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Republicans in NC General Assembly propose bills aimed at limiting Cooper's power

The North Carolina General Assembly’s surprise special session continued Thursday as legislators deliberate over bills that would limit Governor-elect Roy Cooper’s powers.

House Bill 17 strips the governor’s office of the power to appoint trustees to the UNC system and require that gubernatorial cabinet appointees undergo confirmation hearings in the N.C. Senate.

Other bills cut the number of positions that work directly for the governor from 1,500 to 300 — meaning those appointed to these positions by Gov. Pat McCrory would remain — and remove the governor’s power to appoint Board of Elections members.

“We have worked to modernize state government, and the high number of exemptions, not used by the current governor, are being restored to a number and level that is consistent with the authority granted to past administrations,” said House Rules Chairman David Lewis, R-Harnett.

Legislators were originally in Raleigh to pass emergency funding for Hurricane Matthew relief, during a special session called for by McCrory.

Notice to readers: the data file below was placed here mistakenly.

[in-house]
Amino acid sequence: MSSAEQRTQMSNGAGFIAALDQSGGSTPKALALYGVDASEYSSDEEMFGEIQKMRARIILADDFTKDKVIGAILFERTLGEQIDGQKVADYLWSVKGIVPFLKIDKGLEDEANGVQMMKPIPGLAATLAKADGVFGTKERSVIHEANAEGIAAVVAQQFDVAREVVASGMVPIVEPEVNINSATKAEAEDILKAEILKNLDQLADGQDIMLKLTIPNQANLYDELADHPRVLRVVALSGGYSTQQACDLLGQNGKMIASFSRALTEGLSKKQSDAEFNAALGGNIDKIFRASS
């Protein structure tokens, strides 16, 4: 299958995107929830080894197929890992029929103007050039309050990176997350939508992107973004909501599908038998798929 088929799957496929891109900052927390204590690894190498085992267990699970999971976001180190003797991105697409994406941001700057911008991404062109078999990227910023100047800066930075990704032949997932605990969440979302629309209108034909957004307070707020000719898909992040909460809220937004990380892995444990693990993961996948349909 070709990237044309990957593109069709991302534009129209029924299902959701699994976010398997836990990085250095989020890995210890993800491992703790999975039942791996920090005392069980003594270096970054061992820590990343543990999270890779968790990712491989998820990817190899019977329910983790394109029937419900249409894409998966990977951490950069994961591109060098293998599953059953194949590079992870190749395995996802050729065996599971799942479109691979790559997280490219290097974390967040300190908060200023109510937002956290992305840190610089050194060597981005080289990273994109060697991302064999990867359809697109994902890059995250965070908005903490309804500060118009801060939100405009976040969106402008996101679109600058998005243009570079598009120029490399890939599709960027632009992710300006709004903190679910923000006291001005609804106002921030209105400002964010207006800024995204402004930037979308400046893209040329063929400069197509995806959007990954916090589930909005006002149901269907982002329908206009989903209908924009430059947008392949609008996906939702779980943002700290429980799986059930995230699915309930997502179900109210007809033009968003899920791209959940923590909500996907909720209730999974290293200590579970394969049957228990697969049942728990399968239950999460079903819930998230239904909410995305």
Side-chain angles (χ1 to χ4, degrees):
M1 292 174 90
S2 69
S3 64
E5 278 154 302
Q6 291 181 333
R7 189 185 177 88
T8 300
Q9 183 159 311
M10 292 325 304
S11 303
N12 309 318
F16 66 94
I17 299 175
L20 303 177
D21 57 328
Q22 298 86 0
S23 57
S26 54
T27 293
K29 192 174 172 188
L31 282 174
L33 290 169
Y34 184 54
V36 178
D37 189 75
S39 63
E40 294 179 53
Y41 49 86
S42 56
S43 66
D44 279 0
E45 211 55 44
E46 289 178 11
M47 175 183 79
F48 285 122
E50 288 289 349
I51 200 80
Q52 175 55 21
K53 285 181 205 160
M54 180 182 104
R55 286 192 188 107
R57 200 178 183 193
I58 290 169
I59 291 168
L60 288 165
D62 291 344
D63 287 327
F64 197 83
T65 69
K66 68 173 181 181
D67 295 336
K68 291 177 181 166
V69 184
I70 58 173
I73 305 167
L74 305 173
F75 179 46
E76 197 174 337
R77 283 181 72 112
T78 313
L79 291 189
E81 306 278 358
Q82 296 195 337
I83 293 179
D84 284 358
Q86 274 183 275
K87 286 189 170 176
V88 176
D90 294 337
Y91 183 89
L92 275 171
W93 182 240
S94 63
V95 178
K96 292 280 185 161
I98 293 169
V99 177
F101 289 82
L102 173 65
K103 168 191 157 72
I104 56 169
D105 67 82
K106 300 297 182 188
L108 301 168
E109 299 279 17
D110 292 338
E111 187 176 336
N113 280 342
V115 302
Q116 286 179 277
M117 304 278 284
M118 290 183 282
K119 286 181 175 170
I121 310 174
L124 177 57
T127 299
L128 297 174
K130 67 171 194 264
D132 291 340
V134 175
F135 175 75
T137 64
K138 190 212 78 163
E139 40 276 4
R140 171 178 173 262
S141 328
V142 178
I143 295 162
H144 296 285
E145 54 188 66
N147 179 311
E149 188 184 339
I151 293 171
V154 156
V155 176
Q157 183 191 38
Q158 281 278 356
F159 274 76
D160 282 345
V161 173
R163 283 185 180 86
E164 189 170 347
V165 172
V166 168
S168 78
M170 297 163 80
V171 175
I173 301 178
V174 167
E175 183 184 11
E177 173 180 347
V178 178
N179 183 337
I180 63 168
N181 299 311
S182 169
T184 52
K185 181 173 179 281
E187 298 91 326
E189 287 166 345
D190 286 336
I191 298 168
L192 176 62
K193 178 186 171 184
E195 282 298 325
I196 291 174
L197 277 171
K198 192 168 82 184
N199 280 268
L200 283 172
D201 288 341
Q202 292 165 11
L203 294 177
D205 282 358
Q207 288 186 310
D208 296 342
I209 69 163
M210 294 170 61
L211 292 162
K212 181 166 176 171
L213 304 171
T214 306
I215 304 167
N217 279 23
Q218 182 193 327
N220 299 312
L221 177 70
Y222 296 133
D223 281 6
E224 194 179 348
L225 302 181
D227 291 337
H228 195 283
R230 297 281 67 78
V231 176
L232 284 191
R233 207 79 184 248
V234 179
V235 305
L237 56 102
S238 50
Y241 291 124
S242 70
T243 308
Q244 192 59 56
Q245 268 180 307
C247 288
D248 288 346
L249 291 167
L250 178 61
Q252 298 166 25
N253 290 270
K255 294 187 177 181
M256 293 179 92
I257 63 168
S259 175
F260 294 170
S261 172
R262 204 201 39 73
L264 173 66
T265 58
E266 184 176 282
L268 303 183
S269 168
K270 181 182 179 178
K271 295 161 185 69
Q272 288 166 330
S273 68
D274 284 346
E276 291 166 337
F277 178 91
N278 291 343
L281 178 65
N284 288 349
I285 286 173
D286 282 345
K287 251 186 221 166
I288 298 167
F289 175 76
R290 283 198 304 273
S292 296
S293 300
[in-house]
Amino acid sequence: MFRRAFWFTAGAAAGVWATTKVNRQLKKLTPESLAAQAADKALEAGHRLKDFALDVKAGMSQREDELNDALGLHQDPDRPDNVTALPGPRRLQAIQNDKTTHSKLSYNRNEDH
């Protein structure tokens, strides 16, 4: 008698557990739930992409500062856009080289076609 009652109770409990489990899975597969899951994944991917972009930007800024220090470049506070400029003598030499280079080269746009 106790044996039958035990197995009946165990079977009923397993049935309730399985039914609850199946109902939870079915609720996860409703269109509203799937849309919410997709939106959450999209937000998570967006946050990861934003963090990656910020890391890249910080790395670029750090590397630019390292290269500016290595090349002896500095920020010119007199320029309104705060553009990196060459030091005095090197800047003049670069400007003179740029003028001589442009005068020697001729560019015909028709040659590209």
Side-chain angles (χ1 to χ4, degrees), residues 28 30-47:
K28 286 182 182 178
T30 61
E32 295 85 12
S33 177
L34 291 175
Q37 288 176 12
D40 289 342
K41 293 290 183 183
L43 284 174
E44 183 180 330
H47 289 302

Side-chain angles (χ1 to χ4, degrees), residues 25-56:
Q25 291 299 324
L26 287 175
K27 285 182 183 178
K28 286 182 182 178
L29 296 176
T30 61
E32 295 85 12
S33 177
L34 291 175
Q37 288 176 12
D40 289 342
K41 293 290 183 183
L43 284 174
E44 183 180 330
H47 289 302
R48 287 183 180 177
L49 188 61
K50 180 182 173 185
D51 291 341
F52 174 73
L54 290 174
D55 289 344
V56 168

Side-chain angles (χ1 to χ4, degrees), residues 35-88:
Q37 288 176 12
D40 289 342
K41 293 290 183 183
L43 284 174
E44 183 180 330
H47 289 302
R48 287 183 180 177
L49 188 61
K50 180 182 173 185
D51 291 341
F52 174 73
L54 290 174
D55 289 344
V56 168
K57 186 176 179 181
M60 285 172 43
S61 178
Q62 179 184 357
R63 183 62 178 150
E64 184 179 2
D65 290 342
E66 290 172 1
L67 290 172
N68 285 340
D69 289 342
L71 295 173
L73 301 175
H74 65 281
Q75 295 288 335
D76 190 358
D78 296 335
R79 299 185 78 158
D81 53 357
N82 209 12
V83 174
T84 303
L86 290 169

The relief package was signed by McCrory on Thursday. But a second special session was called for by Republicans on Wednesday to propose the series of bills.

The Republican caucus’ agenda has been criticized by Democrats, including Cooper, who called the action unprecedented.

“If I believe laws passed by the legislature hurt working families and are unconstitutional, they will see me in court,” Cooper said.

Rep. Graig Meyer, D-Durham, said in a Facebook post that the special session was illegal.

“The bill … strips the power of the Governor-elect Cooper just because (Republicans) are mad that he won the election,” Meyer said in the post.

In Raleigh, protesters gathered at the State Capitol on Thursday in objection to the proposed bills.

The protests featured a confrontation between North Carolina NAACP attorney Alan McSurely and North Carolina G.O.P. executive director Dallas Woodhouse during an NAACP press conference.

Karen Anderson, the director of the American Civil Liberties Union of North Carolina, likened this special session to the session last year when legislators passed the controversial House Bill 2.

“Such significant changes to our state’s elections and judicial systems should never be planned in secret and sprung on the public without advance notice,” she said in a press release.

“These latest proposals could undercut the civil liberties of all North Carolinians.”

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